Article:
Another curio from the Lord Chamberlain's Plays Collection - a sketch performed at the Lewisham Hippodrome in April 1913 and set at an unnamed London Underground station, in which the Devil (later revealed to be a medical student in costume as Mephistopheles) and his wife (later revealed to be a nurse in costume as a Folly) are waiting for either a tube train or an airship to take them home. About halfway through the piece the Devil brags to a Policeman that he is inciting militant suffragettes to commit violent crimes. As he is getting arrested a suffragette runs in, puts something into a handily adjacent post box that sets it on fire, shouts "Votes for Women" and runs off, pursued by the Policeman. There's a reference to the Devil's wife being a hunger-striker too. Curious!
Before this happens the Devil has been performing long rhyming verses to the audience about his supposed nefarious deeds and influence on the great and the good of London society, including this little bit about self-serving Parliamentarians:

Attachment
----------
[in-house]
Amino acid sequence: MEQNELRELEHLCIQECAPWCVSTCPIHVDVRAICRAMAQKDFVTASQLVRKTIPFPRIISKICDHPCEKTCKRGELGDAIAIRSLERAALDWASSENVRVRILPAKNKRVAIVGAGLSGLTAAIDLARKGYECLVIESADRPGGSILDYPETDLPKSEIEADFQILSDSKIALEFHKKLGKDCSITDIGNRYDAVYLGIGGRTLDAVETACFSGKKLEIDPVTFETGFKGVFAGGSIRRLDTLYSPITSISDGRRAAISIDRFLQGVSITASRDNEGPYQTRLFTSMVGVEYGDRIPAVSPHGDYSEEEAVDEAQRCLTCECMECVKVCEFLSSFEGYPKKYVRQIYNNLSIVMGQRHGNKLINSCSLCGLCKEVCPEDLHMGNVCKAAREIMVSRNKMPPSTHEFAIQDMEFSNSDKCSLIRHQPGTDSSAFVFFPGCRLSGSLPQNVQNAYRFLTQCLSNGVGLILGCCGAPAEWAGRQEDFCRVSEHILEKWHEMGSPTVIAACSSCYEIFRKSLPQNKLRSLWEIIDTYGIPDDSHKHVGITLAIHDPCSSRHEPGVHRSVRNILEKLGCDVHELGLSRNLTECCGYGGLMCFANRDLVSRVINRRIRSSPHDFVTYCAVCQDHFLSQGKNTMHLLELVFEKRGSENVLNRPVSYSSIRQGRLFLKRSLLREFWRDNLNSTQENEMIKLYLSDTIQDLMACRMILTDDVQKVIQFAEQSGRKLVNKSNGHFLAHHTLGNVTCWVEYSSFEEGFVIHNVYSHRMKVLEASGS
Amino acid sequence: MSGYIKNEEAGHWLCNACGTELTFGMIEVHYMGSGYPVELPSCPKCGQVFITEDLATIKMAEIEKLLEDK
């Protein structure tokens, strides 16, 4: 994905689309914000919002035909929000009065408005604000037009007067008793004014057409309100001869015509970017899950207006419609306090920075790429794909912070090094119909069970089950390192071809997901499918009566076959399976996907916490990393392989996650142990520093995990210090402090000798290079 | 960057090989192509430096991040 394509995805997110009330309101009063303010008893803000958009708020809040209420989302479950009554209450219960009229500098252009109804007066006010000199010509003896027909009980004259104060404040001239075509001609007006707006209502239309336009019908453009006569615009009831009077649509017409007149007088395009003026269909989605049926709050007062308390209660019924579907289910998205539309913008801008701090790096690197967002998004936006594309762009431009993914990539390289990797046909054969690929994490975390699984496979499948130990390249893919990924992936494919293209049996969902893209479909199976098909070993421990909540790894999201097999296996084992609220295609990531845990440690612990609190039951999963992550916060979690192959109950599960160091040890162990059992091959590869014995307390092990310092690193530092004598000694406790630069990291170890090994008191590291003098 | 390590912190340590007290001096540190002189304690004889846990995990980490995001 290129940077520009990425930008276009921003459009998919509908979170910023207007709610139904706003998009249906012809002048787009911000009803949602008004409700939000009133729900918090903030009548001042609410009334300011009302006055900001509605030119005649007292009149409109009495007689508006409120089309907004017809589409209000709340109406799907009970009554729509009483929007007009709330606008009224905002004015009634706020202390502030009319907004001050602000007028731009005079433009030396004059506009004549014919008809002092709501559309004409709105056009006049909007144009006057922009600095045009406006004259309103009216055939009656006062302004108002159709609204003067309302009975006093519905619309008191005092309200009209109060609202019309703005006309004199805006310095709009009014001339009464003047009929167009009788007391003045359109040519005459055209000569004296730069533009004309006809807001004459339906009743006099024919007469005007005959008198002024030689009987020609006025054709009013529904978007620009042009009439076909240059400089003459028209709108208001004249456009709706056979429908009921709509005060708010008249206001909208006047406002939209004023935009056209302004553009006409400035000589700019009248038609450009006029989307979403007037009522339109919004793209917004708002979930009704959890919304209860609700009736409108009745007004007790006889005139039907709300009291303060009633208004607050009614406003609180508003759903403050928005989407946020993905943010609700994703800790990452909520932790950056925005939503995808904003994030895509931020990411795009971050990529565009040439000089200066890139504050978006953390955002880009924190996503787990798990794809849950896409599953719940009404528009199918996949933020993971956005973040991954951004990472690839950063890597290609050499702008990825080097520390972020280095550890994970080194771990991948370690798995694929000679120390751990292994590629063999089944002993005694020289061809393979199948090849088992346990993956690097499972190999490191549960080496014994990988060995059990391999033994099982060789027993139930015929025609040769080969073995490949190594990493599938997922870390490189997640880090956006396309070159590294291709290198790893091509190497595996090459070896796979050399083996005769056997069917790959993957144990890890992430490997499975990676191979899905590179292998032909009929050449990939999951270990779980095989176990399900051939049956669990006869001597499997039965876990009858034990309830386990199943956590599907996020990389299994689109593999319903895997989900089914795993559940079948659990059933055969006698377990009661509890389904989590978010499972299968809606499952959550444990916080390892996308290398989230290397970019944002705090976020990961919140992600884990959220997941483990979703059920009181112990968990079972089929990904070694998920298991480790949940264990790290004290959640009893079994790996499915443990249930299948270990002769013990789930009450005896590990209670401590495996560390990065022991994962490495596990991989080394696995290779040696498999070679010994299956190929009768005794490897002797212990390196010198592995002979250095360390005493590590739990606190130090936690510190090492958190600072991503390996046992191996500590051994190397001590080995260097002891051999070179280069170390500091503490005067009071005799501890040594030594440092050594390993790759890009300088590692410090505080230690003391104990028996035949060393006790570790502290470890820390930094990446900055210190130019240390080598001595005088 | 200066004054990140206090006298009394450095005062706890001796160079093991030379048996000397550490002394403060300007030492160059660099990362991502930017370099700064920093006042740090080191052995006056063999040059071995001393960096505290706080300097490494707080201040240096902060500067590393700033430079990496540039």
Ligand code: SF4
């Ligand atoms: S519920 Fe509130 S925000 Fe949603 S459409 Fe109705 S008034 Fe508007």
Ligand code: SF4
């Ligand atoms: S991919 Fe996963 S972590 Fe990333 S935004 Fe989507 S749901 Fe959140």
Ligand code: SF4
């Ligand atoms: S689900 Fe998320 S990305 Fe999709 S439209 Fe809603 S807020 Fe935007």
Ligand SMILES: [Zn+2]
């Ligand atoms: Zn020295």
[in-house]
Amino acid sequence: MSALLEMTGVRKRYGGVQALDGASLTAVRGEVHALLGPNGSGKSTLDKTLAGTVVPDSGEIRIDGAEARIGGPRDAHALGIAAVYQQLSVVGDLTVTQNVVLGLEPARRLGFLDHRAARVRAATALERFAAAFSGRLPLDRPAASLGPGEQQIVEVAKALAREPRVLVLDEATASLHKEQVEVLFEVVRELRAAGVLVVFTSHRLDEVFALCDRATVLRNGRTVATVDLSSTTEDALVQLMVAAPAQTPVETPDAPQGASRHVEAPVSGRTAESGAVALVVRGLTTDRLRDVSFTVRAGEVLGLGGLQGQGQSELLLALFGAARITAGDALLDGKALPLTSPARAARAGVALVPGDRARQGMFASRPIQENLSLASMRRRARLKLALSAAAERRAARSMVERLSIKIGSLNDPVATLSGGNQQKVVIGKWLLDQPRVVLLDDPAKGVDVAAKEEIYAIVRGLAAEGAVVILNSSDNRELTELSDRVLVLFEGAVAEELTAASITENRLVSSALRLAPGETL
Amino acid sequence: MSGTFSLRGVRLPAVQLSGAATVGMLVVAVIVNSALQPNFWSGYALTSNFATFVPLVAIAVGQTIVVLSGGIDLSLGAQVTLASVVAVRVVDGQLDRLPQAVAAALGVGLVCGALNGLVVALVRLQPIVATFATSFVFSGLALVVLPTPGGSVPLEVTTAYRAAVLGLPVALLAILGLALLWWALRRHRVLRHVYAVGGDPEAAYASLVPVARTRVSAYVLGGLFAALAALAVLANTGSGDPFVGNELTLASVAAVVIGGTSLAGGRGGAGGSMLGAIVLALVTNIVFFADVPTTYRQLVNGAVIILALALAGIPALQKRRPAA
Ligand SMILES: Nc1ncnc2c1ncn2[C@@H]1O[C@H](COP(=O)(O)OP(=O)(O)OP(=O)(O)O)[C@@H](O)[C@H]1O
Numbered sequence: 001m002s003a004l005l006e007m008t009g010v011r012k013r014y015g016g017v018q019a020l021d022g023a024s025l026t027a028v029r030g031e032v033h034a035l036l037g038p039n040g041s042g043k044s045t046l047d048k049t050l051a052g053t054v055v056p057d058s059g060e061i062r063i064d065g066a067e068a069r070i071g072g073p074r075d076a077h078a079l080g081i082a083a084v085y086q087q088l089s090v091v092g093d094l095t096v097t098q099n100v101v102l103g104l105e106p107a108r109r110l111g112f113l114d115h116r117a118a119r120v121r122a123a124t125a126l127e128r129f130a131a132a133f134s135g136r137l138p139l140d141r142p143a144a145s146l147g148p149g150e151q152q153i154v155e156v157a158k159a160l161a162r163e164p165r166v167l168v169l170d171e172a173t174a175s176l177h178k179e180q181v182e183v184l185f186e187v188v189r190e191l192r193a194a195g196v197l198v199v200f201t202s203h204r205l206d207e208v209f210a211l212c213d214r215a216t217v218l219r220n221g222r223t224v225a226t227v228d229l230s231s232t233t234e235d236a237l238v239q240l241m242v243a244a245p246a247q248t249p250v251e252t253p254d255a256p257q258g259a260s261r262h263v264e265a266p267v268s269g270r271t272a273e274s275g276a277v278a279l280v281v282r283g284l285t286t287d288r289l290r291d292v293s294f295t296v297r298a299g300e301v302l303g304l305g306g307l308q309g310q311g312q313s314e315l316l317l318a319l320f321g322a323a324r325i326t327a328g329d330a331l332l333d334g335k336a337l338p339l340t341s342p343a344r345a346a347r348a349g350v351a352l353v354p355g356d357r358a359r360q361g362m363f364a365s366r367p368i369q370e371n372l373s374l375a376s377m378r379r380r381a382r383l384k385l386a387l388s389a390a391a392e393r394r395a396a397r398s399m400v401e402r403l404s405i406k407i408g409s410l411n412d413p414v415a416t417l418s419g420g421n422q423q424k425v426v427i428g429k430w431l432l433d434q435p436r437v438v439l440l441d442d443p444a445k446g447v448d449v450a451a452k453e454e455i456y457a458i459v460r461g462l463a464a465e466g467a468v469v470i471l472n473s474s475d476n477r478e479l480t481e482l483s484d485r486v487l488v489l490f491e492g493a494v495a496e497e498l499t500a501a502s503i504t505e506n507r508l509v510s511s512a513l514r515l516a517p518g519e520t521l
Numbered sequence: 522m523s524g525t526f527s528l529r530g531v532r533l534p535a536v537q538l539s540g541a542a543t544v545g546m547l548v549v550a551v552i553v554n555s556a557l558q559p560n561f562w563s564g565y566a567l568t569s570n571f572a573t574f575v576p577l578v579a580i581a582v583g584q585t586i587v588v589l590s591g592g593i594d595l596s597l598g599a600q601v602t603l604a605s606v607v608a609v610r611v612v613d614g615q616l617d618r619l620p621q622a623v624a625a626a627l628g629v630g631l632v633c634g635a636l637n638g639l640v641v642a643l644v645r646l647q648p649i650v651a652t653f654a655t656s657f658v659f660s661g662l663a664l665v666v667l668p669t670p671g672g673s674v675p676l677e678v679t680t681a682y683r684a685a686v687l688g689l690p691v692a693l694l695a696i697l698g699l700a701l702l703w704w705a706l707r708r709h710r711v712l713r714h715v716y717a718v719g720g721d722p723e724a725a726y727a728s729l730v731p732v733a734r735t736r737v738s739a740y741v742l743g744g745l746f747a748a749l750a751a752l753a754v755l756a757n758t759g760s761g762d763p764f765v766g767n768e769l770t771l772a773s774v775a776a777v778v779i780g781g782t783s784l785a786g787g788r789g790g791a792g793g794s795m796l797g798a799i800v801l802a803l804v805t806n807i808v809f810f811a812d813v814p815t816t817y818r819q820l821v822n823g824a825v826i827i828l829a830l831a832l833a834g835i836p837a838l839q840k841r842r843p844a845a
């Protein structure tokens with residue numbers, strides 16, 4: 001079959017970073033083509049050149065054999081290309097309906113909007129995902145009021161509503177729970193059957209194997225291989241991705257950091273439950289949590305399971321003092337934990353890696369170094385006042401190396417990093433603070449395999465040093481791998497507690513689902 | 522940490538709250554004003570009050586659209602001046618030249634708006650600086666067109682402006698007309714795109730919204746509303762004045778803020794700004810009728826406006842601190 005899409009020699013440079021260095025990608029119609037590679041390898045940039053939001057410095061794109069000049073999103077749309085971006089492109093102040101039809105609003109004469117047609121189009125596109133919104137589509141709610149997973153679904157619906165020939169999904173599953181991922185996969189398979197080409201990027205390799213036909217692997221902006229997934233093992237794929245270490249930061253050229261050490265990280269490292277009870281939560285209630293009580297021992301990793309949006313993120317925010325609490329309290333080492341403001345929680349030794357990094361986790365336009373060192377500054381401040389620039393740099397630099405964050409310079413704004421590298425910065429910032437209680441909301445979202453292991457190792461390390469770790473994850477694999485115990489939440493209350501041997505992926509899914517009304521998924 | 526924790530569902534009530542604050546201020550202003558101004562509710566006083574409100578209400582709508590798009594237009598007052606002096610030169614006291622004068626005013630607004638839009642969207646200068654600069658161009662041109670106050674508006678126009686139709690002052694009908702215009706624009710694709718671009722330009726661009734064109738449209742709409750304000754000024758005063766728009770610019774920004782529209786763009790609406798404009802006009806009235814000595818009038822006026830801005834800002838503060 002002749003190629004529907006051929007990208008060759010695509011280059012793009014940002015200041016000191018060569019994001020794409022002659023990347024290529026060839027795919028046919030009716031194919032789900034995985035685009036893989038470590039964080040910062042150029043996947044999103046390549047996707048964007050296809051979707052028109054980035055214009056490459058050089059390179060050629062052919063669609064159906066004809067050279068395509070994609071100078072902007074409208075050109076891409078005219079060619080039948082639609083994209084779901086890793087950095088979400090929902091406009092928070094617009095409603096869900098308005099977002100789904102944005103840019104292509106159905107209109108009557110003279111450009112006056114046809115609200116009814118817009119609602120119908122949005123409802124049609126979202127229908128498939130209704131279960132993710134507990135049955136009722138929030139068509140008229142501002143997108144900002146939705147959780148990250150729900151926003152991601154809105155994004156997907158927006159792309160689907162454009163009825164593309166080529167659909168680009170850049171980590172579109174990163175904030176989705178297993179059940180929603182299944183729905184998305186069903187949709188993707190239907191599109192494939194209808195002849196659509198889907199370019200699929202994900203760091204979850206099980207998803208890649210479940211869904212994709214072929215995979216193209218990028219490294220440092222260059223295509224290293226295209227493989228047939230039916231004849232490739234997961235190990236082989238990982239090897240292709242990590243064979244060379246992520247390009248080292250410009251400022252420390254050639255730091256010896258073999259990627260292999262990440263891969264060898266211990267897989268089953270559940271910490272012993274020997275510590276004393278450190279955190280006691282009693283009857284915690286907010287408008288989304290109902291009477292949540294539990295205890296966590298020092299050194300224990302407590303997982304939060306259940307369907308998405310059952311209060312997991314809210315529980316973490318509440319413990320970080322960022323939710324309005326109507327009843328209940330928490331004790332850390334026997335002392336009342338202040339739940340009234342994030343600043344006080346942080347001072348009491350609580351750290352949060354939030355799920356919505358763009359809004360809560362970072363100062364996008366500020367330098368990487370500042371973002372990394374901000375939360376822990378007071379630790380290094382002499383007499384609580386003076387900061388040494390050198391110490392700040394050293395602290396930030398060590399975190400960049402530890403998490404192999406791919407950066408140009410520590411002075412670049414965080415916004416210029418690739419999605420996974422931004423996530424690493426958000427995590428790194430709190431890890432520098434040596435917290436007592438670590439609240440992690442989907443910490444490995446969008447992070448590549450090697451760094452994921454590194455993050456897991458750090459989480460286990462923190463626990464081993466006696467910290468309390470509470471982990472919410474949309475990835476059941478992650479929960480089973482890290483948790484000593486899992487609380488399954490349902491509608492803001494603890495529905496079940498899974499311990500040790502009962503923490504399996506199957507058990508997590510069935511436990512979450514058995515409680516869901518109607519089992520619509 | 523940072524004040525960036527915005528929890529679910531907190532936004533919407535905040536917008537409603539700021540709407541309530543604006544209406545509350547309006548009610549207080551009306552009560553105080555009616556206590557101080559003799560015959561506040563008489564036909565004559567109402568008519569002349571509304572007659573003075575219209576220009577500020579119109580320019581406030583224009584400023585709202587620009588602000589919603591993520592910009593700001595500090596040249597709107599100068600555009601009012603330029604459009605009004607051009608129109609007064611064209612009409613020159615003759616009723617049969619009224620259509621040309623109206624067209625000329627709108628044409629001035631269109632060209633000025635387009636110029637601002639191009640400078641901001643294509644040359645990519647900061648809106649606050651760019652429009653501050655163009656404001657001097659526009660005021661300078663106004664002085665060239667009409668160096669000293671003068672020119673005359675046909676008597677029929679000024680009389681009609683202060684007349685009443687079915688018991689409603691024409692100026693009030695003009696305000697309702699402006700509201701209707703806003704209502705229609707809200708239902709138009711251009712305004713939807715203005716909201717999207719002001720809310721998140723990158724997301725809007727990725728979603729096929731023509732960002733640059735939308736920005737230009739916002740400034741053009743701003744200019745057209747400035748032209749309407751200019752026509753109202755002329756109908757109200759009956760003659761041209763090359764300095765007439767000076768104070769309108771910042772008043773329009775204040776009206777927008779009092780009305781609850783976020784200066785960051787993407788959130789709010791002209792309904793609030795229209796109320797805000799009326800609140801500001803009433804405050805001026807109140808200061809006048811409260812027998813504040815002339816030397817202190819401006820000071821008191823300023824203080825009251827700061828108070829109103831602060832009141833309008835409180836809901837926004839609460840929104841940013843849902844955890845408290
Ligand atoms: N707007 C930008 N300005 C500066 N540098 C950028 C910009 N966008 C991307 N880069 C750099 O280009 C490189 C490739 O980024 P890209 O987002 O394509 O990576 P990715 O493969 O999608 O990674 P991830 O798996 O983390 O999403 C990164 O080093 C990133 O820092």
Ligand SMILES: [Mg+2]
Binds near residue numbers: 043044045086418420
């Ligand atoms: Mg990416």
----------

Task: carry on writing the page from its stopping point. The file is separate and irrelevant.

This sketch, or "phantasy", was written by Aliph Cheem, a pseudonym used by poet and author Walter Yeldham. It ran for a week at the Lewisham Hippodrome - on a packed bill that included the "Prime Minister of Mirth" George Robey, Nora Delaney "the girl in uniform", Arthur Aiston the Hebrew Comedian, and exhibition swimming family The Finneys.
It's always interesting to find topical references to suffrage militancy in sketches and variety entertainments - and unless something suffrage-sounding is in the title or you are following up a lead from a review or listing in a contemporary newspaper like The Era, I've only ever found them by chance. When I first started researching suffrage plays in the LCP Collection, each play was bound in a huge volume with the other pieces that were submitted for license around the same date - a fantastic snapshot of the variety of work being produced on stages across the UK.